Wednesday, January 9, 8897
Wayan Limbak (1897-2003) - Ketjak (c. 1930)
Indonesia - Bali - Ketjak Dance
Ketjak (pronounced: roughly "KEH-chahk", alternate spellings: Kecak, Ketjack, and Ketiak), a form of Balinese music drama, originated in the 1930's and is performed primarily by men. Also known as the Ramayana Monkey Chant, the piece, performed by a circle of 100 or more performers wearing checked cloth around their waists, percussively chanting "cak" and throwing up their arms, depicts a battle from the Ramayana where the monkey-like Vanara helped Prince Rama fight the evil King Ravana. However, Ketjak has roots in sanghyang, a trance-inducing exorcism dance.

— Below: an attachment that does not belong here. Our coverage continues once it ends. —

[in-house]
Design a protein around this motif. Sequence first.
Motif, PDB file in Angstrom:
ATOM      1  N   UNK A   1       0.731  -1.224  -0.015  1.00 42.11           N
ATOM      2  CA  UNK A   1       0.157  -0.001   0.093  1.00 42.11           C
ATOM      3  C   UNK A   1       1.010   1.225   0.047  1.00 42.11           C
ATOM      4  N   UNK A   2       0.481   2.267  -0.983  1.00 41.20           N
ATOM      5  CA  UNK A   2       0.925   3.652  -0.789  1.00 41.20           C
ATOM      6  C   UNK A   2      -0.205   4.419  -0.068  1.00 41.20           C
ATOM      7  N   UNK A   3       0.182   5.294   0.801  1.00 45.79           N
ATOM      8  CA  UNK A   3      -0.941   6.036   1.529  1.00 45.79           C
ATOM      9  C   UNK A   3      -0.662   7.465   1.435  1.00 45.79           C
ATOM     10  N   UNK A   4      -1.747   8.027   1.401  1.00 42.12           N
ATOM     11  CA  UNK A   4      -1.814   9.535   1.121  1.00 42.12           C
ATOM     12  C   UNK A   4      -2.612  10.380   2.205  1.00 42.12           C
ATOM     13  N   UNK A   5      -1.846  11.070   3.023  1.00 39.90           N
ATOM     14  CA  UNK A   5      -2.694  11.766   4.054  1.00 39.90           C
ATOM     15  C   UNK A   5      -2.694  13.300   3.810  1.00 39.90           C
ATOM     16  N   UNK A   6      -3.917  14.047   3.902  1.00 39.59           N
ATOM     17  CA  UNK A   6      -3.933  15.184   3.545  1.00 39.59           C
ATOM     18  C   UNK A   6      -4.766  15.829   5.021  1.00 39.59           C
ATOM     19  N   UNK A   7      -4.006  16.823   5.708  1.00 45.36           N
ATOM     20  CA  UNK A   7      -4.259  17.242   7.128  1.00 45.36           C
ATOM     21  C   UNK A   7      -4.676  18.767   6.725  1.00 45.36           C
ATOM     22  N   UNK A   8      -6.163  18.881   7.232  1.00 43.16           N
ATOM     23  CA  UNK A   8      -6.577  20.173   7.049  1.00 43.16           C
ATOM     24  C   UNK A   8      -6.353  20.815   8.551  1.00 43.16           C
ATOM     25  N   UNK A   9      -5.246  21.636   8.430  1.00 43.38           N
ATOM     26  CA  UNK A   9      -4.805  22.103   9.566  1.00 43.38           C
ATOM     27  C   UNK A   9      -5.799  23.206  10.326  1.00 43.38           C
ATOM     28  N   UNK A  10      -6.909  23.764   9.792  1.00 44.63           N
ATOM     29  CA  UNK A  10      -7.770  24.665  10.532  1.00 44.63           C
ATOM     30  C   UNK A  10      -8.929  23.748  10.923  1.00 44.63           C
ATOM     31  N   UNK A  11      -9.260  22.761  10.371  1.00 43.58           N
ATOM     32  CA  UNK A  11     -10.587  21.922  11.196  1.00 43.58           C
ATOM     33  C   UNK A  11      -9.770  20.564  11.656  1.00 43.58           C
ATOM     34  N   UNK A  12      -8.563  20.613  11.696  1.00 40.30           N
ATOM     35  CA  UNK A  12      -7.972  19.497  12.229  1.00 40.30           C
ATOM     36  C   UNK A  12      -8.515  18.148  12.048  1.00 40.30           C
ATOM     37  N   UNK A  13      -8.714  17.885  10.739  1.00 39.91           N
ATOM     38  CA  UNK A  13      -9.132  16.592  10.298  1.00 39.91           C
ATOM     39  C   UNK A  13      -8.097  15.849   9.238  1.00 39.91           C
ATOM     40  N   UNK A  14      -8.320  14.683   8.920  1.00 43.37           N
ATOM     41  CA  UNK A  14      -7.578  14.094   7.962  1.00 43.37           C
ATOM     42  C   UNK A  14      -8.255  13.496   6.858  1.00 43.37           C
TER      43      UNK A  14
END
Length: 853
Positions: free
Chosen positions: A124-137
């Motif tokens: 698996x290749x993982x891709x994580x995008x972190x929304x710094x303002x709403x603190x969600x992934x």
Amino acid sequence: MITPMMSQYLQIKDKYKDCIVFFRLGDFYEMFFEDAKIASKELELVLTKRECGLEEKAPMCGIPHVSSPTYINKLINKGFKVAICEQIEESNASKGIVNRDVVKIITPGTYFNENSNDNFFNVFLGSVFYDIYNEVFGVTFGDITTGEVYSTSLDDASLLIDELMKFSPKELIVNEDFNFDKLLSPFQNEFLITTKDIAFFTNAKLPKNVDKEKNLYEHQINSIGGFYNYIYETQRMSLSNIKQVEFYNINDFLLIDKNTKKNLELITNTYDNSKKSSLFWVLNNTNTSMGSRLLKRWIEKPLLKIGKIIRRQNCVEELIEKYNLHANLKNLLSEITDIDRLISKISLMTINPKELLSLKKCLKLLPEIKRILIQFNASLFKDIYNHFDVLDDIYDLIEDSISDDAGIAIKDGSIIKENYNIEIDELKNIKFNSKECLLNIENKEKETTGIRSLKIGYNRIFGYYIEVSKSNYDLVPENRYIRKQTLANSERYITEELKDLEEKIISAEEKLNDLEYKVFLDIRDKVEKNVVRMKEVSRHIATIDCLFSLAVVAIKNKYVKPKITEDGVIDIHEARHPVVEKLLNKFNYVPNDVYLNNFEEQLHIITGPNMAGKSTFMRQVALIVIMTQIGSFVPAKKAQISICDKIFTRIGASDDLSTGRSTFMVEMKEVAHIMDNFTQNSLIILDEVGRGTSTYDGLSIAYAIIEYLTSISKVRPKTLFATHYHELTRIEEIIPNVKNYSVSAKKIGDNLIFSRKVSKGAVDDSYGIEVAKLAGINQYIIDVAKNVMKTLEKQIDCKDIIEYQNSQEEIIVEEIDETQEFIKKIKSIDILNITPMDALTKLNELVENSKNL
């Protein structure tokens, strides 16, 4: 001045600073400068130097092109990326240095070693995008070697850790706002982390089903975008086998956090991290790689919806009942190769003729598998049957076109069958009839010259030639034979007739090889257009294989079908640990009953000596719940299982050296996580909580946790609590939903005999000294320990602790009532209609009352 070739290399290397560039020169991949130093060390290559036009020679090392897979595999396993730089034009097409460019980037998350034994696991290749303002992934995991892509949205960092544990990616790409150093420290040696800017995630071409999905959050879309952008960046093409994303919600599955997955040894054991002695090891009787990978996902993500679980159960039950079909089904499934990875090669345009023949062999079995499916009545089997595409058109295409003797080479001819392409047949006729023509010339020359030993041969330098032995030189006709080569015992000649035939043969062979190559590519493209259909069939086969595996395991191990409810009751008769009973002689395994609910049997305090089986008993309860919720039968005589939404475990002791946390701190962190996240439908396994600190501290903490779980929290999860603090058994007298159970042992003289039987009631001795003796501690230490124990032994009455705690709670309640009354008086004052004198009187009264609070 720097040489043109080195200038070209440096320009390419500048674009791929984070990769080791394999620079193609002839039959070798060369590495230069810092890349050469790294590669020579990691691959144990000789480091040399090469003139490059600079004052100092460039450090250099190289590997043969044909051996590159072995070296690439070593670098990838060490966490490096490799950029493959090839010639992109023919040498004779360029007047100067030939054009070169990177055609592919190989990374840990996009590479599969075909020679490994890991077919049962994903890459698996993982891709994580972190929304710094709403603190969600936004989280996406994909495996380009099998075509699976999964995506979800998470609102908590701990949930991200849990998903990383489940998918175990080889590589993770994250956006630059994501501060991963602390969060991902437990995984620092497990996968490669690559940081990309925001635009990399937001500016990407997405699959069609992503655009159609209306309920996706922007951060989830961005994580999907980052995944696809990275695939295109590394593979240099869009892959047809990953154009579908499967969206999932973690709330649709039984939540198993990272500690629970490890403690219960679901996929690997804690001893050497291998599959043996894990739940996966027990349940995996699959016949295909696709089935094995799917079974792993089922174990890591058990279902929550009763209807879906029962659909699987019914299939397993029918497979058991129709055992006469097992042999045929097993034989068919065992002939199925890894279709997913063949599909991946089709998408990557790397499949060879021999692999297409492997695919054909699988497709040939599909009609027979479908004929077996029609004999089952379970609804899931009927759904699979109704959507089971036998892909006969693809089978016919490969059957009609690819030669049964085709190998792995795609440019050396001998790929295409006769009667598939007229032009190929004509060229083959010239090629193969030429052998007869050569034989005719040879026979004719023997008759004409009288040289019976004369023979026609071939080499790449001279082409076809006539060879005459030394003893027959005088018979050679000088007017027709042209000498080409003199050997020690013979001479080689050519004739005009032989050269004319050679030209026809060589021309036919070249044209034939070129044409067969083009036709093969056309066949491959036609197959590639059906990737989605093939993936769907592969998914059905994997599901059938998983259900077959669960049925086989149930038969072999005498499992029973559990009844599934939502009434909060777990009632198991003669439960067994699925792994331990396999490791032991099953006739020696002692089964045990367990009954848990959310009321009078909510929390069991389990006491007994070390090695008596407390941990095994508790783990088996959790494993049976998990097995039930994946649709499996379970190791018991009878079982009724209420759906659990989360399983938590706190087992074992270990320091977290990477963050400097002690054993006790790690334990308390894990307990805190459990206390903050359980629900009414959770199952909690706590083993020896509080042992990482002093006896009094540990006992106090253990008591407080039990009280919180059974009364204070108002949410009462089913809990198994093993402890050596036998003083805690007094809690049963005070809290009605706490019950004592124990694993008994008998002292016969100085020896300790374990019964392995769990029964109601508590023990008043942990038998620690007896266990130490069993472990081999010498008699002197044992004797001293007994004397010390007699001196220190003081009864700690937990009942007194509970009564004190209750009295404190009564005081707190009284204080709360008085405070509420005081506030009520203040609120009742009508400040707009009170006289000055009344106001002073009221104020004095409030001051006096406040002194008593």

In the 1930's Wayan Limbak (1897 - August 31, 2003), an Indonesian dancer, worked with German painter Walter Spies to create the Ketjak from movements and themes in the traditional sanghyang exorcism ritual and the portions of the Ramayana. This collaboration between artists worked to create a dance that was both authentic to Balinese traditions but also palatable to Western tourist's narrow tastes at the time. Wayan Limbak popularized the dance by travelling throughout the world with Balinese performance groups. These travels have helped to make the Kecak famous throughout the world.